An exhibition of works by six young artists curated by Leigh Hobba coincided with the ANAT summer school in New Media Curating and Theory held in Hobart over Easter. Immediate served as a masterful curatorial example. The works selected were diverse examples of new media practice. The objects were presented in an unpartitioned and virtually unlit gallery space, encompassed - but also visually separated - by darkness. Light emanated from the components of the show: the computer monitors, projectors and strobe lights. A fusion of sounds formed a fluctuating aural matrix. The holistic effect was stunning, like entering an underworld.

The atmosphere was charged, bordering on forbidding, like a dimly-lit subway or dungeon. It became enveloping. A slow but insistent undulation of bleeping, droning, tinkling, whirring and buzzing was pierced routinely by a distant, stifled moan. Seduced by the concentration of colour and motion at one end of the gallery, I subjected myself first to the combined onslaught of the works of Mark Cornelius and Matt Warren.

Anxiety, a computer animation by Mark Cornelius covered a sizeable section of wall. Large red dots expanded, converged and drifted over a uniform pattern of smaller red dots sliding diagonally down the wall. For a short time the formation worked decoratively, as a moving wallpaper pattern, a relation of the benign lava lamp. The innocuous effect soon wore thin. The moving dots gained menace. The size of them, coupled with their constant fluctuation was disconcerting.
Paradoxically, given their abstraction, they read as larger-than-life.
Matt Warren's Father Cannot Yell was a gruelling work. A slide projected onto a banner of gauze depicted two tiny boys, aged perhaps three and four, standing before a stretch of lawn before an Australian bungalow, probably dating to the late 1940s. Their sweet smiling faces beamed at the camera. Jarringly, they were dressed in soldiers' uniforms. A 45 rpm record revolved on a turntable in front of this image, the needle stuck in a groove merely crackled. Behind the gauze banner, three strobe lights flashed in rapid succession. They surround a video projected onto the wall: a twitching figure, its head bound in crepe bandage. Only head and shoulders were visible. The flickering effect of the editing gave the impression that the man was convulsing, being whipped or electrically shocked. It was impossible not to flinch at the strobe lights, which make viewing the jittering figure a masochistic act.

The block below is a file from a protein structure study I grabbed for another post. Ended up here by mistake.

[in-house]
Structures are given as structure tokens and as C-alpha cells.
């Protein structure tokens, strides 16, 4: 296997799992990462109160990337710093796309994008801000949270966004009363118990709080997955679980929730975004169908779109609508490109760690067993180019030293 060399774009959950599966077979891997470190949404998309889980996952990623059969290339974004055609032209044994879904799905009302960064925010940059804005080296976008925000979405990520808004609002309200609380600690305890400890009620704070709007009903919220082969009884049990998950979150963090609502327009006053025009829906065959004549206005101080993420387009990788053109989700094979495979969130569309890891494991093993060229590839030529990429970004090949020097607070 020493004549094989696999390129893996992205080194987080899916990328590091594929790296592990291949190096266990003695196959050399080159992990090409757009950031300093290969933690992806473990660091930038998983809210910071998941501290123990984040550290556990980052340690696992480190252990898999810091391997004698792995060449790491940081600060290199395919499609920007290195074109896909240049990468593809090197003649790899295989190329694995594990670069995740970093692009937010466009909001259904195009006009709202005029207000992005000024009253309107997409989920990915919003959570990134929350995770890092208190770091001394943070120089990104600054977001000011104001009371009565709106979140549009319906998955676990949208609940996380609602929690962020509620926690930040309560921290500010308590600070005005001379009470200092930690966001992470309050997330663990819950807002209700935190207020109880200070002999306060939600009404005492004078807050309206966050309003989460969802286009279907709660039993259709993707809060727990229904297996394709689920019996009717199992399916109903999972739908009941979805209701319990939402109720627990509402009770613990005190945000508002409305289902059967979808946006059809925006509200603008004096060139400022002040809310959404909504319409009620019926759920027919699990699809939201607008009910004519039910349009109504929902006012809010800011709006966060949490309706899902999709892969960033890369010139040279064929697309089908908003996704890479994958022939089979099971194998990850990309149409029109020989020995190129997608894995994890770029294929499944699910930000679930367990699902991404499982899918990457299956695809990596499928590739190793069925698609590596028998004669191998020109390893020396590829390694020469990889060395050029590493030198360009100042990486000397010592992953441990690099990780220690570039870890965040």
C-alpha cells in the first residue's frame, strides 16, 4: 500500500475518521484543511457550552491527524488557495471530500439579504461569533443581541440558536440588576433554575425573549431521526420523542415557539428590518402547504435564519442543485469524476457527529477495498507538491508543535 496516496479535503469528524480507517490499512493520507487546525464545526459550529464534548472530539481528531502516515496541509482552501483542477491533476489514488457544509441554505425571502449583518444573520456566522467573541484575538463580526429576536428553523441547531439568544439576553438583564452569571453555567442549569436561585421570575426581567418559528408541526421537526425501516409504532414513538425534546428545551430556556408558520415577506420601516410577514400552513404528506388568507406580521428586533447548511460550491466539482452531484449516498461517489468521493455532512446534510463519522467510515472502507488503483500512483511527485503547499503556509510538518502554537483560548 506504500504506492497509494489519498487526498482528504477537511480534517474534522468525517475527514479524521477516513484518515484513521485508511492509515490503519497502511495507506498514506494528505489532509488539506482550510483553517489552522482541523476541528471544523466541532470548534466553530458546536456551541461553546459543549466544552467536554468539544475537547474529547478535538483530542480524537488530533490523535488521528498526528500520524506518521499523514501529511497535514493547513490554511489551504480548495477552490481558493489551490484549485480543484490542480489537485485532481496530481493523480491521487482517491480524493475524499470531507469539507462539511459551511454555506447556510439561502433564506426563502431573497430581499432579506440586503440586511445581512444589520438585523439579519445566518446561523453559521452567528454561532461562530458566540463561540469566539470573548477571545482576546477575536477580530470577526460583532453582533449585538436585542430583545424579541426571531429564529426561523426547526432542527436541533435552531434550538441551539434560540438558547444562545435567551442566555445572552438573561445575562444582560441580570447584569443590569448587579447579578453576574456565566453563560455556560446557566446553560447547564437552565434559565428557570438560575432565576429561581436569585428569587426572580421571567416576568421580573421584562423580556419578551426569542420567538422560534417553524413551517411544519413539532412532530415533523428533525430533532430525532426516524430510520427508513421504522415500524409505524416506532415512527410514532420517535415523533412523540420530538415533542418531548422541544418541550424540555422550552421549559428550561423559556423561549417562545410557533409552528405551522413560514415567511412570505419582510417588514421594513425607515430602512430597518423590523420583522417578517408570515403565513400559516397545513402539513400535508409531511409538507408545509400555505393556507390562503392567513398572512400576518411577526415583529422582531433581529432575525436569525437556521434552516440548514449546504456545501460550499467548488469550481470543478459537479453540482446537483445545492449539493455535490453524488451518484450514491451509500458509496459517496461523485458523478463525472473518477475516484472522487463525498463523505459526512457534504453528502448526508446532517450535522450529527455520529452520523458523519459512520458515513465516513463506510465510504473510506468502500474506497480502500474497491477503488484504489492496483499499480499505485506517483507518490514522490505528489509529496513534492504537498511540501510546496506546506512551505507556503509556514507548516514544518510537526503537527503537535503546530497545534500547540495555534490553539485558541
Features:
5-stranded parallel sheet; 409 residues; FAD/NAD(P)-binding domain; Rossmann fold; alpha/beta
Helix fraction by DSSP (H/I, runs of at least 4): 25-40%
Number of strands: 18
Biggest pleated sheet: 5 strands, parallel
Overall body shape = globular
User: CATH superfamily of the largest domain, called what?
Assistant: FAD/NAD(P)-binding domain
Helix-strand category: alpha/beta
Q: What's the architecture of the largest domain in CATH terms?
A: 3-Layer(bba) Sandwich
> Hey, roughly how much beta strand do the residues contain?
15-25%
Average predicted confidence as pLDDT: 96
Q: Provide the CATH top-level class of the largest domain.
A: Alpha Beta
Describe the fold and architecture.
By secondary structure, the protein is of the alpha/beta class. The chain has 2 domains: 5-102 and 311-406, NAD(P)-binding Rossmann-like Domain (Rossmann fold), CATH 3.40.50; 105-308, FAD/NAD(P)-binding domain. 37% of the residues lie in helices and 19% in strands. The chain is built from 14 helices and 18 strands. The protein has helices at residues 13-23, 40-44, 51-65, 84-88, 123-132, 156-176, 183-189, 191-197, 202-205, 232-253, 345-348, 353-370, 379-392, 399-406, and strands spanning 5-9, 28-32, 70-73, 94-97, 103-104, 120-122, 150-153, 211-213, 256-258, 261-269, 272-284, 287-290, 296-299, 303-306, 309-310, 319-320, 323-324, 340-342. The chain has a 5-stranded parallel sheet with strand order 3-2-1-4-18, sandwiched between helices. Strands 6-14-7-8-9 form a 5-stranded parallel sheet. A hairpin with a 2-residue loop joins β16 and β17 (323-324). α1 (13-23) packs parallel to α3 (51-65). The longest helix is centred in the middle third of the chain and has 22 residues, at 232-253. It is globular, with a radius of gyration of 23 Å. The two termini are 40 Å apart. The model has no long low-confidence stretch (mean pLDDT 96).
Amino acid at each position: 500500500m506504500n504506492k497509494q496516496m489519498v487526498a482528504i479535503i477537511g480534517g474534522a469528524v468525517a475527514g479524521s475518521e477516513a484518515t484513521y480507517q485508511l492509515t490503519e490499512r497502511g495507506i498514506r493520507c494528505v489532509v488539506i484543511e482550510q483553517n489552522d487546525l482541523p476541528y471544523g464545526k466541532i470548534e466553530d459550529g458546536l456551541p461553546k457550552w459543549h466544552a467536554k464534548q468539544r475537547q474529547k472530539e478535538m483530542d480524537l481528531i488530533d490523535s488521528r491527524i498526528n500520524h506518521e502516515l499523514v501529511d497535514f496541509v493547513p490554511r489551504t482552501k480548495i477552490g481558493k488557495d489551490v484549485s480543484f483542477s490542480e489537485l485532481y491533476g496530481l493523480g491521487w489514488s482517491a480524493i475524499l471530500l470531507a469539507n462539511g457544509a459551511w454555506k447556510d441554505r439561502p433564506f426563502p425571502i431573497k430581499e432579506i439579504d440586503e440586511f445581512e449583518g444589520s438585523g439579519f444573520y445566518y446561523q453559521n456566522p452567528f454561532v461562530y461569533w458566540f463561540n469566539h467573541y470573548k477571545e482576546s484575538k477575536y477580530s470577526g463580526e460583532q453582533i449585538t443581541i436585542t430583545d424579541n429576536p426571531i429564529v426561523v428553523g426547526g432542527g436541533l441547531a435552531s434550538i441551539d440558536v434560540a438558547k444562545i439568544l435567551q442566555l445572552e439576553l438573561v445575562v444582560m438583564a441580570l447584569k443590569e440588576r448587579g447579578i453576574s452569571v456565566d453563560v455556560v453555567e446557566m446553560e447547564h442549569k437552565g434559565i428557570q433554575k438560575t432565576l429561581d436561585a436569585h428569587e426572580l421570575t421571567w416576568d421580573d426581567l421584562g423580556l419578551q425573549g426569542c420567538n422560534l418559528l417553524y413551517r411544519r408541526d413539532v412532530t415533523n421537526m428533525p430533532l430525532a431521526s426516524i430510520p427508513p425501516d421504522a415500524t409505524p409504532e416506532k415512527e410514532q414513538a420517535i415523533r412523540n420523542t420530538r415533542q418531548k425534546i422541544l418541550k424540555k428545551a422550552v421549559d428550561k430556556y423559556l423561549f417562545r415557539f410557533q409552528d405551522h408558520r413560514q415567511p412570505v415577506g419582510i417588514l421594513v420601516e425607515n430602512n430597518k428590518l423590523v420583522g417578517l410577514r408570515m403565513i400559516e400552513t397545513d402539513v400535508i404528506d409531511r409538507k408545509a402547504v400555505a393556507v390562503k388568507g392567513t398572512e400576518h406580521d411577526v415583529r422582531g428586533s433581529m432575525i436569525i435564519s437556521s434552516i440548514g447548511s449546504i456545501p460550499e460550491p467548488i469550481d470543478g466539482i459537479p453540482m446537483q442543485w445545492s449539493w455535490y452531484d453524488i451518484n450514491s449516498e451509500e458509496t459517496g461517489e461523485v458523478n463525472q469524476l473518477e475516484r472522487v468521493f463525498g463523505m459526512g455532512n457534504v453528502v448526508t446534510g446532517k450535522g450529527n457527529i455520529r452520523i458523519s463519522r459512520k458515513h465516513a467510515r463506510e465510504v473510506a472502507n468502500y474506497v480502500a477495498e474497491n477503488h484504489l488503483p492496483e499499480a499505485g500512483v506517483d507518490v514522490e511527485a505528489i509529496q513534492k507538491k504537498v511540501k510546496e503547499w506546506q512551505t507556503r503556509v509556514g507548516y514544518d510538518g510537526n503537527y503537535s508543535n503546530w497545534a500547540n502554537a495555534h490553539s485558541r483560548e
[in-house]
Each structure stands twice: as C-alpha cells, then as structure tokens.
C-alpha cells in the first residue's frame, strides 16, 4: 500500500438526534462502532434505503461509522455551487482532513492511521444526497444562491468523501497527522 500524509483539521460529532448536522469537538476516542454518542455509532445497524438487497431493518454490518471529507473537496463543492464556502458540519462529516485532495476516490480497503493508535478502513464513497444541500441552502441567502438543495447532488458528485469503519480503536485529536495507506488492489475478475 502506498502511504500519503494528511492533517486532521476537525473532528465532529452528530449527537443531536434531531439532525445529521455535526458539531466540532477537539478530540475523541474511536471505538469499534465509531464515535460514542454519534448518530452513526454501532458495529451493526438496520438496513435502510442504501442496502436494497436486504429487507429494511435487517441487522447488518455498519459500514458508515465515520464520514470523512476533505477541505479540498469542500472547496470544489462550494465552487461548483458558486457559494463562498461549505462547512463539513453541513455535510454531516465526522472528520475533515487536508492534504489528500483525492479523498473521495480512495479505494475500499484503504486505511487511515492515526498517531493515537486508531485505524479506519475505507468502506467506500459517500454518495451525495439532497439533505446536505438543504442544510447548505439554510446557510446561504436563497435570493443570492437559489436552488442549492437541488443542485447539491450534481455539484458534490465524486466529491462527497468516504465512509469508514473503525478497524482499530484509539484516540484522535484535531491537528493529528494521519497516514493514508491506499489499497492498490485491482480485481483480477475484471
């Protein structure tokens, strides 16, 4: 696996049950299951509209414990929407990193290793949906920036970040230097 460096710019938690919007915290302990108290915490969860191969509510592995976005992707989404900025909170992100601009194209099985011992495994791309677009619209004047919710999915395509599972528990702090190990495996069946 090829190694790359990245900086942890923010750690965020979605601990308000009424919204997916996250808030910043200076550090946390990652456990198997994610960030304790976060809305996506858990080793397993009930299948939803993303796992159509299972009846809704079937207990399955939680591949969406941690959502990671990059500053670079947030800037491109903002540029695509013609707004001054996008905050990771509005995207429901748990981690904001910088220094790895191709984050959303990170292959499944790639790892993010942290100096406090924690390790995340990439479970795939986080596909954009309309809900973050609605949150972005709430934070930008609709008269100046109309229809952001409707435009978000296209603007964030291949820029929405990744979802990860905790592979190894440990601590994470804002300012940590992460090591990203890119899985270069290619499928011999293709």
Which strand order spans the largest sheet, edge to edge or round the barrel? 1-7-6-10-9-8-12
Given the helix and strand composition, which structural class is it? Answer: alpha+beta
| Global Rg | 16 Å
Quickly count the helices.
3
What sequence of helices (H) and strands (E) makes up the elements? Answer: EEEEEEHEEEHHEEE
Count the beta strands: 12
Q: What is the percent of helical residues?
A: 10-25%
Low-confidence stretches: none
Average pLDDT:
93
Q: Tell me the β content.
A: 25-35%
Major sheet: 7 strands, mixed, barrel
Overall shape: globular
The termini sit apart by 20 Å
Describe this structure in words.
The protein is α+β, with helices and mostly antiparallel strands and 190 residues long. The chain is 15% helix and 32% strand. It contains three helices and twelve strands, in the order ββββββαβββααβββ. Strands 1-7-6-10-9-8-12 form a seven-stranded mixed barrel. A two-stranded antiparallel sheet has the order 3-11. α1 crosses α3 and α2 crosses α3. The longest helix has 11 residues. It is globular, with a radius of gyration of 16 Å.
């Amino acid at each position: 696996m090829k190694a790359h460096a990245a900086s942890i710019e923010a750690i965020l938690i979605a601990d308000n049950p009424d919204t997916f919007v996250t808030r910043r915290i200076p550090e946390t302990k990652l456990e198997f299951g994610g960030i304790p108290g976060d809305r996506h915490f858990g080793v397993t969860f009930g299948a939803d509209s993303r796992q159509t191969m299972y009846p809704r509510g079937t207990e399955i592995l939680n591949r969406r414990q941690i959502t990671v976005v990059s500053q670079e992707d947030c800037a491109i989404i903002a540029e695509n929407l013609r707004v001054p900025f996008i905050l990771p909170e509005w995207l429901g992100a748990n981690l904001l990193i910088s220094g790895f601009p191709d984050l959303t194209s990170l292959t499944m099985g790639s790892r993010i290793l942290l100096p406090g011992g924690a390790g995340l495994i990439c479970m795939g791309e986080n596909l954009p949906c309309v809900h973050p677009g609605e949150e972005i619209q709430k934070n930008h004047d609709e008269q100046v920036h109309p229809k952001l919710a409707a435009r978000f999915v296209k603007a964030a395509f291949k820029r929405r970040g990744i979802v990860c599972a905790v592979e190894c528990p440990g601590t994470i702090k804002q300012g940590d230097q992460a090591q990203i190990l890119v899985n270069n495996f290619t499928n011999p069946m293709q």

The bandaged figure, brute and victim, 'Father', could have been one of the dear little boys dressed in military costume. The bandages suggest a burnt or mutilated head, or are they a means of blinding and gagging him? Is his torture a retribution for patriarchal brutality? He may be the victim of his own undoing or the merciless retribution of others.

Central to the gallery space, Dianna Graf's Third Light provided a welcome mooring. An artificial moon projected from the ceiling cast its reflection into a square pool on the floor. The still, unperturbed moon provided a counterpoint to the disturbing presences in the room. A mechanical steel moth revolved on an axle from the ceiling, and behind, on a square screen on the wall, whirled a series of curious and charming circular video images.

One of the Macs effused a wash of sound from Graham Brown's exquisite sound collage Video et taceo. It consisted of a series of samples of Elizabethan music which were looped, and could be triggered by a pictorial grid. The sounds would merge with each other. It was captivating. The work was accompanied by a lucid, fascinating text about Brown's research into interactive composition.
Sean Bacon's interactive video installation Viewpoint consists of two metal frames, or cages which support ordinary surveillance video monitors and primitive little video cameras, and some switches. Two participants can interact with these devices. What they see on the monitors is projected onto the walls around them. I chanced upon the devices just as a young boy approached them. I found the ensuing interaction funny and rather embarrassing, as an image of myself - as seen by him - hesitantly fumbling with a switch, was cast onto the wall. I managed to inexpertly project a giant image of the folds of his sleeve. Two gazes interlock and play within the terms of this installation. It was confronting, confusing, and fun.